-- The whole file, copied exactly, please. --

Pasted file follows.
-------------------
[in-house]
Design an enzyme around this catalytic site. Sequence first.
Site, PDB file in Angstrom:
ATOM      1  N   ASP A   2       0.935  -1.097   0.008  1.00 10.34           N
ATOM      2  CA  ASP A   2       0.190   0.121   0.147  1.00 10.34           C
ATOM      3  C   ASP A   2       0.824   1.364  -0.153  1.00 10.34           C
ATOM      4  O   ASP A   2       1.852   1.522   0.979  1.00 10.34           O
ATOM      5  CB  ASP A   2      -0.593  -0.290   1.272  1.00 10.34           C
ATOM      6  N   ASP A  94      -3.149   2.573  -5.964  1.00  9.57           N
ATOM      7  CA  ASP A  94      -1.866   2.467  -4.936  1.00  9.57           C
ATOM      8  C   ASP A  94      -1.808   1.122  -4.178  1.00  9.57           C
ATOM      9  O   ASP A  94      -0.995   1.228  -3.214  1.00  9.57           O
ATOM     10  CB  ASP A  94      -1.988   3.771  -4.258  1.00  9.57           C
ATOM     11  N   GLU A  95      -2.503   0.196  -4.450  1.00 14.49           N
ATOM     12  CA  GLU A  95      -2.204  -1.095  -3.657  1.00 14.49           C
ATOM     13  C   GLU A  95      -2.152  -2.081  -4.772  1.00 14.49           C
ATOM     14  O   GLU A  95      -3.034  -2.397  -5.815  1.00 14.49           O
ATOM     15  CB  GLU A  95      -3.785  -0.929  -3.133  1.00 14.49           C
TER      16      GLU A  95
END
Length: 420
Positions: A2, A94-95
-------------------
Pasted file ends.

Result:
[in-house]
Design an enzyme around this catalytic site. Sequence first.
Site, PDB file in Angstrom:
ATOM      1  N   ASP A   2       0.935  -1.097   0.008  1.00 10.34           N
ATOM      2  CA  ASP A   2       0.190   0.121   0.147  1.00 10.34           C
ATOM      3  C   ASP A   2       0.824   1.364  -0.153  1.00 10.34           C
ATOM      4  O   ASP A   2       1.852   1.522   0.979  1.00 10.34           O
ATOM      5  CB  ASP A   2      -0.593  -0.290   1.272  1.00 10.34           C
ATOM      6  N   ASP A  94      -3.149   2.573  -5.964  1.00  9.57           N
ATOM      7  CA  ASP A  94      -1.866   2.467  -4.936  1.00  9.57           C
ATOM      8  C   ASP A  94      -1.808   1.122  -4.178  1.00  9.57           C
ATOM      9  O   ASP A  94      -0.995   1.228  -3.214  1.00  9.57           O
ATOM     10  CB  ASP A  94      -1.988   3.771  -4.258  1.00  9.57           C
ATOM     11  N   GLU A  95      -2.503   0.196  -4.450  1.00 14.49           N
ATOM     12  CA  GLU A  95      -2.204  -1.095  -3.657  1.00 14.49           C
ATOM     13  C   GLU A  95      -2.152  -2.081  -4.772  1.00 14.49           C
ATOM     14  O   GLU A  95      -3.034  -2.397  -5.815  1.00 14.49           O
ATOM     15  CB  GLU A  95      -3.785  -0.929  -3.133  1.00 14.49           C
TER      16      GLU A  95
END
Length: 420
Positions: A2, A94-95